Six and a half years ago, a fellow mom gave me some of the most solid advice I’ve ever heard. This little tidbit solved a parenting conundrum that had been consuming the better portion of each of my days. It stirred accusations between my husband and I and a resentment was forming between my defiant toddler and myself. And that sweet friend fixed it. 

I can hardly keep such fantastic and groundbreaking advice to myself. 

Here is what that wise mother of four told me: “You should move the toilet brush.” 

It’s almost hard to express the significance those six words had to me. 

I was sitting in our church’s weekly mom’s meeting. We enjoyed coffee and talked about Jesus. Each week they had a designated ‘Roundtable Discussion’ moment and we would update one another on our current parenting troubles. One mom would update us on her ongoing child’s debilitating anxiety, another with a frequently occurring injustice happening at their child’s school. We would listen, pray and sometimes the veterans at our table would offer advice.  This was a brand new moms dream because my sweet little firstborn was no longer a baby….she was a….TODDLER. And do you know what toddlers do? They use the toilet brush to wash the walls. 

Every meeting I would sit at that table and tell of that week’s toilet water woes. And every week the moms would offer new disciplinarian tactics or positive reinforcement strategies. And every week, I crawled back with my head down, defeated by a disobedient 18 month old. I was a failure. How would I ever parent a rebellious preteen if I couldn’t keep a pudgy youngster in-line?

And then that wise friend said it: 


I was flabbergasted. I thought submission was the only option. Was I allowed to simply remove the problem item? Wasn’t that robbing my daughter of a perfectly great life lesson on obedience?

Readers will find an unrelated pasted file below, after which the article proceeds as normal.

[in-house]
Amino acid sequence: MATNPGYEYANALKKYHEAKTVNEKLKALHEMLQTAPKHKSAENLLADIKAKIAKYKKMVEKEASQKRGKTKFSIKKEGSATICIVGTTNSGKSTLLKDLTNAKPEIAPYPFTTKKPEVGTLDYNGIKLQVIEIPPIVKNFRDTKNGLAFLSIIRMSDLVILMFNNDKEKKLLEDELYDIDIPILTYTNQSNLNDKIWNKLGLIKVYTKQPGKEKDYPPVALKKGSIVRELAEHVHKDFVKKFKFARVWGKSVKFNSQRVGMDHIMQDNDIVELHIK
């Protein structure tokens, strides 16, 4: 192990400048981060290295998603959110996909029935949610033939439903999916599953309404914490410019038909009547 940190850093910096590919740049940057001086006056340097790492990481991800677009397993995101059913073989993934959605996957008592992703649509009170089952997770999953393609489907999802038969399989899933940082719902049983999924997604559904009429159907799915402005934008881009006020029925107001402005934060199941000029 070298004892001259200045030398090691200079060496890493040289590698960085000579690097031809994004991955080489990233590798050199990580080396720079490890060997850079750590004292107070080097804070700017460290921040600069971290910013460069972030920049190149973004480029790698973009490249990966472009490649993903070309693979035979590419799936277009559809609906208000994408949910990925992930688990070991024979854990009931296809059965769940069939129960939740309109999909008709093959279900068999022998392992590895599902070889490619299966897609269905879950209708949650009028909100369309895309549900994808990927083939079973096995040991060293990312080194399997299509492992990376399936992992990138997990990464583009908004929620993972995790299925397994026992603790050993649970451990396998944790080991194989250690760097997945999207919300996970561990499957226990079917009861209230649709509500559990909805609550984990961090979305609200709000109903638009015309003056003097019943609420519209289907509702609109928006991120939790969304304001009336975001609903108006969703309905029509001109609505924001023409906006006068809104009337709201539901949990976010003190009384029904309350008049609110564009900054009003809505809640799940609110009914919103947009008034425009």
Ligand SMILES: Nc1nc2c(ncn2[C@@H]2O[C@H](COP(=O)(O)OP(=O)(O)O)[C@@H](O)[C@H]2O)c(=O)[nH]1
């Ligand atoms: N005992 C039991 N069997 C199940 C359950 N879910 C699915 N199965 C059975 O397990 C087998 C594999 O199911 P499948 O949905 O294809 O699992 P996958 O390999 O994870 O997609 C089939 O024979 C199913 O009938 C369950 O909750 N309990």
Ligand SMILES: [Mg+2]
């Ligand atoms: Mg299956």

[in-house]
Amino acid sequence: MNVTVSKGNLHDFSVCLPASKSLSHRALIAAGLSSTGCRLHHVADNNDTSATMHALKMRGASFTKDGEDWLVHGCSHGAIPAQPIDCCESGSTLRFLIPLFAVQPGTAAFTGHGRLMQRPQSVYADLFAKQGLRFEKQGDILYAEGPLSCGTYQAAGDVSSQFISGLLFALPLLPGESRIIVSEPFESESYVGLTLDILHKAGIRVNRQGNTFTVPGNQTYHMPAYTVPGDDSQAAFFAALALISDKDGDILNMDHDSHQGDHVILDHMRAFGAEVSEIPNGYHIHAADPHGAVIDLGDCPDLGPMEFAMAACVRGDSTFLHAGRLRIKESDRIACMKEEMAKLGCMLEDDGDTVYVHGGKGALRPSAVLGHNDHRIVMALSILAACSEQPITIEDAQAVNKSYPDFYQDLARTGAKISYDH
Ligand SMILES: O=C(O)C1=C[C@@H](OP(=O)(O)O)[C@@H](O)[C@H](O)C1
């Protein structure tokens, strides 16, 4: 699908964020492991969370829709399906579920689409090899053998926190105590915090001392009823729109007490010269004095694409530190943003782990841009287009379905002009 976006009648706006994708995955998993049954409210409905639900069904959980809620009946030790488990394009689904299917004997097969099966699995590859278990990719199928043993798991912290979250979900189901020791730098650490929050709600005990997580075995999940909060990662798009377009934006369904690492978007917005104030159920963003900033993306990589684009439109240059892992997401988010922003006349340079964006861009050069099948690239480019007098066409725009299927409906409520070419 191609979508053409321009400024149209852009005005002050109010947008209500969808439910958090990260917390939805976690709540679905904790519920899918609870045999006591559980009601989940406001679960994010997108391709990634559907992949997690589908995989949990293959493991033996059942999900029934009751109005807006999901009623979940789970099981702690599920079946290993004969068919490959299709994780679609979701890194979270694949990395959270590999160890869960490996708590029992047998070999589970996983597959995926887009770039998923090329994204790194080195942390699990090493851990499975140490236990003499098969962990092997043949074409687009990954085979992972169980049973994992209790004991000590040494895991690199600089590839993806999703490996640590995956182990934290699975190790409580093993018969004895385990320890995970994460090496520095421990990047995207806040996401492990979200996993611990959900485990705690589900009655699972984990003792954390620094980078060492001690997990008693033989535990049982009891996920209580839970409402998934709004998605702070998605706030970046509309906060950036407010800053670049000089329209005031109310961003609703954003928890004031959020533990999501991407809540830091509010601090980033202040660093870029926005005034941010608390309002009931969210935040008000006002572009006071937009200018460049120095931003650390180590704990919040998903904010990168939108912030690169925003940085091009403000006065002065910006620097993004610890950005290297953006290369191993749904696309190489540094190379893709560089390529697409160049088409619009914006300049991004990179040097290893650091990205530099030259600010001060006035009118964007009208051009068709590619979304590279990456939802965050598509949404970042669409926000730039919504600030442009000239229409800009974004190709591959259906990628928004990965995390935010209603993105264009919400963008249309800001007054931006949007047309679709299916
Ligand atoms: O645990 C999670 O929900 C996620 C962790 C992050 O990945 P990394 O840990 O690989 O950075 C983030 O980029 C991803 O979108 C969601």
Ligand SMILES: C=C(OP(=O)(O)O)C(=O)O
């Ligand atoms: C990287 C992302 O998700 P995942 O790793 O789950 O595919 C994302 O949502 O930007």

What I failed to realize four weeks beforehand was that this was no longer a ‘life lesson’. That toilet brush had turned into a battle ground between my child and I. I was so distracted by the desire for blind obedience from a baby that I couldn’t see that she had already won. She knew she could push that button and get a reaction from me, day or night. It was a game and she loved it. All I was training her to do, at that point in the battle, was how let out an exasperated sigh, how to shout “ WHO LEFT THE BATHROOM DOOR OPEN!” and how to scrub the floor with elbow grease. The lesson had been lost long ago! 

I moved the brush, 4 whole feet away, into the shower. And guess what? The battle was over. The temptation was removed. 

Over the following six years, we’ve had plenty of ‘life lesson’ moments to train obedience. I now have a mature little girl; she is respectful, her listening skills are more than efficient and, as far as I know, she has zero temptation to use the toilet brush as a magic wand. 

Now, I am the mom of four (almost five.) I am not a vetran or an expert but I have used a lot of bleach to clean a lot of toilet water off of a lot of surfaces. So, I think that qualifies me to relay this advice: choose your battles. Choose very carefully! Consistency is key, when it comes to training children. If you don’t have the energy (or the will-power or the patience) to see an issue through, don’t start the battle. Remove the temptation. There will be more (important, significant and prudent) life lessons (or battles) in the very near future. I promise!

Next time you’re caught in a never ending battle of the wills with your child, ask yourself, can I remove this temptation?